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"If you want some accessible but informative insight into football then I suggest you couldn't do better than the Political Economy of Football website, which is not only intelligible but comes with the added bonus of being written by Addicks fan Wyn Grant."
Ben Hayes - Charlton Athletic programme

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Big operating loss at Charlton

Charlton Athletic made an operating loss of just under £7.5m in its League 1 promotion season, compared with £6.13m the preceding season according to accounts lodged at Companies House.   Profit of just over £1m on the disposal of players reduced the operating loss to £6.45m.   However, the preceding year, £2.8m in profit was realised from player sales, reducing the operating loss to £3.3m.

Successful but bankrupt: the story of La Liga

Spanish football is undoubtedly successful.   Six of the seven La Liga clubs in European competition advanced to the knockout phase, including all four Champions League representatives.   It is not only about Barcelona and Real.   La Liga clubs have won five of the nine past Europa League titles.

Fulham are debt free

Mohammed al Fayed has shown that he is the ultimate benefactor owner by effectively wiping out the club's debts of £212m owed to him.   He has converted the debts into equity.

Usmanov opens fire at Arsenal

The underlying tensions within Arsenal's ownership structure have resurfaced as time ticks down towards the transfer deadline after the major shareholder, Alisher Usmanov, claimed the board's lack of spending and inability to hang on to the club's best players have effectively rendered them a feeder team for their rivals.

Fleet ask fans to dig deep

Cash flow at Ebbsfleet United has been hit by the postoponement of two home games due to the winter weather and the club has launched a 'Lose your pounds or Lose your club appeal to fans.'  Fans have been asked to donate £30 each.

Does money buy success?

This is the question that football economics guru Stefan Szymanski poses in his latest blog posting.  His broad answer is yes in terms of domestic leagues, but not to anywhere near the same extent in relation to club competition at international level for a number of reasons.

Szymanski argues that the influx of money into the Premier League has improved the quality of play.  But some foreign players and managers are reluctant to relocate to the UK and have to be paid above the odds to be persuaded to come.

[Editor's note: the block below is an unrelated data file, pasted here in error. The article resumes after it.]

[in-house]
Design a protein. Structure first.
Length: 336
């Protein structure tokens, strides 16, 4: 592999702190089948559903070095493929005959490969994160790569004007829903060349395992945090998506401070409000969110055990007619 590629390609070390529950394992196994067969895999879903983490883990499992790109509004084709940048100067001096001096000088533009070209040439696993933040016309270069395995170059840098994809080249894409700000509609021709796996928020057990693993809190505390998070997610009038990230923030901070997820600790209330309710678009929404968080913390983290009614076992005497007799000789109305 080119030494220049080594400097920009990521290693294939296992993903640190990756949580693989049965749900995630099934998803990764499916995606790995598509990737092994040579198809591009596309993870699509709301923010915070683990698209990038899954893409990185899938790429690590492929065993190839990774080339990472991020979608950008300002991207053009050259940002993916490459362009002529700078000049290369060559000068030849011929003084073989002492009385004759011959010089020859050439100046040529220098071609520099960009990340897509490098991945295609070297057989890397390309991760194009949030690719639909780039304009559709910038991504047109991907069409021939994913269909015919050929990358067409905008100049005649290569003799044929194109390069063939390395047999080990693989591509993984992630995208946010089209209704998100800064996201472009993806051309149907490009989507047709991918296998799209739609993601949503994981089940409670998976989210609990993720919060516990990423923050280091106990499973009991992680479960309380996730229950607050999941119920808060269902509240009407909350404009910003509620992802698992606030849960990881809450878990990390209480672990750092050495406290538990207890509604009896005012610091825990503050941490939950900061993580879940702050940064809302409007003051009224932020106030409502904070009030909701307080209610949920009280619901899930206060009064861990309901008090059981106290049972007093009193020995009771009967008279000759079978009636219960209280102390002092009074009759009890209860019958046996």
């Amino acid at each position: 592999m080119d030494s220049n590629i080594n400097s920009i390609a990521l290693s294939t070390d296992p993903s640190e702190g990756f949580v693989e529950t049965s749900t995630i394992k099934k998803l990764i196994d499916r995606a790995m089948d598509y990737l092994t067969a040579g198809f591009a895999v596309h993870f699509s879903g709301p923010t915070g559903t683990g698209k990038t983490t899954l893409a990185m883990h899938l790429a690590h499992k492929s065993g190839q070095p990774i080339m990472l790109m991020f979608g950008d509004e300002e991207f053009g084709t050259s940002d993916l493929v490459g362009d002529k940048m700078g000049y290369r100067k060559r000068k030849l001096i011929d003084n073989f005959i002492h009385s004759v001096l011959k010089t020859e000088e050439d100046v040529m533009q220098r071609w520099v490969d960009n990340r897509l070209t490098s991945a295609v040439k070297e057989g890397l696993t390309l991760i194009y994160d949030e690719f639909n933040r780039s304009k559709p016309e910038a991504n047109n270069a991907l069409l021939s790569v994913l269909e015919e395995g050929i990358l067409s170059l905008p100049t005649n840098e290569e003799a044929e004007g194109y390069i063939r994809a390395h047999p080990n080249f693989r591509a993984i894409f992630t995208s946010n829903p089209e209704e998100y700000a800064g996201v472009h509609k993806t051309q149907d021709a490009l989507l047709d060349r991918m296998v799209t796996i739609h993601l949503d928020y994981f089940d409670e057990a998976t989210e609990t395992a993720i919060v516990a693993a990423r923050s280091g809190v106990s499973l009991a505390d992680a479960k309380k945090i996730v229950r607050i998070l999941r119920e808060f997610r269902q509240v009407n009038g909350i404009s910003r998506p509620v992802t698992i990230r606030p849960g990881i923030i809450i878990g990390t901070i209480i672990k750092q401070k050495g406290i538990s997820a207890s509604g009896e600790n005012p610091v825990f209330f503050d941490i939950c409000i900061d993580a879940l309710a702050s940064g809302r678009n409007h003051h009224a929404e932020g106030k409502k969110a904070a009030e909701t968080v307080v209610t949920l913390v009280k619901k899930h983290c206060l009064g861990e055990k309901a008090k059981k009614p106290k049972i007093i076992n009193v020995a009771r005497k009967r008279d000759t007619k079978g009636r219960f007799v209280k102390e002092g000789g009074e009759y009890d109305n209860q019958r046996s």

Is austerity in Arsenal's culture?

Simon Kuper has a long and (as one would expect) very interesting article about Arsenal in the Financial Times yesterday.   He argues that austerity is in Arsenal's culture.   Once known as the Bank of England club, it has been run cautiously for decades.   That has been reinforced by Wenger''s typically French suspicion of rootless international capital.

He quotes Billy Beane of the Oaklands A's baseball team who said, 'When I think of Wenger, I think of Warren Buffett.   Wenger runs his football club like he is going to own it for 100 years.'

Bradford's Wembley bonanza

Bradford City expect to make £1m through television and gate receipts out of their trip to Wembley for the Capital One cup final.   Winning would add £100,000 in prize money. The club had expected to overspend on wages by £600,000 this year, but they have already cleared at least £1.3m from their quarter and semi-finals.   The players will receive £250,000 of the Wembley receipts in bonuses.

Real Madrid break through €500m revenue threshold

Real Madrid has become the first club in any sport to surpass the €500m revenue threshold in a single year, according to the 16th edition of the Football Money League from Deloitte, the business advisory firm. The Spanish club achieved a €33.1m (7%) increase in revenue to €512.6m, and in doing so has claimed the top position in the Money League for a record equalling eighth year, matching Manchester United’s reign from 1996/97 to 2003/04.

Bundesliga breaks through €2bn barrier

The Bundesliga broke through the €2bn barrier in terms of revenues in the 2011-12 season, a 7.2 per cent rise on the prevous season.    Clubs recorded an aggregate of €55m in post-tax profits with 14 out of 18 clubs showing a profit.

What is particularly significant is that the ratio of expenditure on playing staff and coaches to revenue was 37.8.   Most clubs in England do not achieve the 50 per cent level recommended by Deloitte with many recording figures in the seventies or eighties.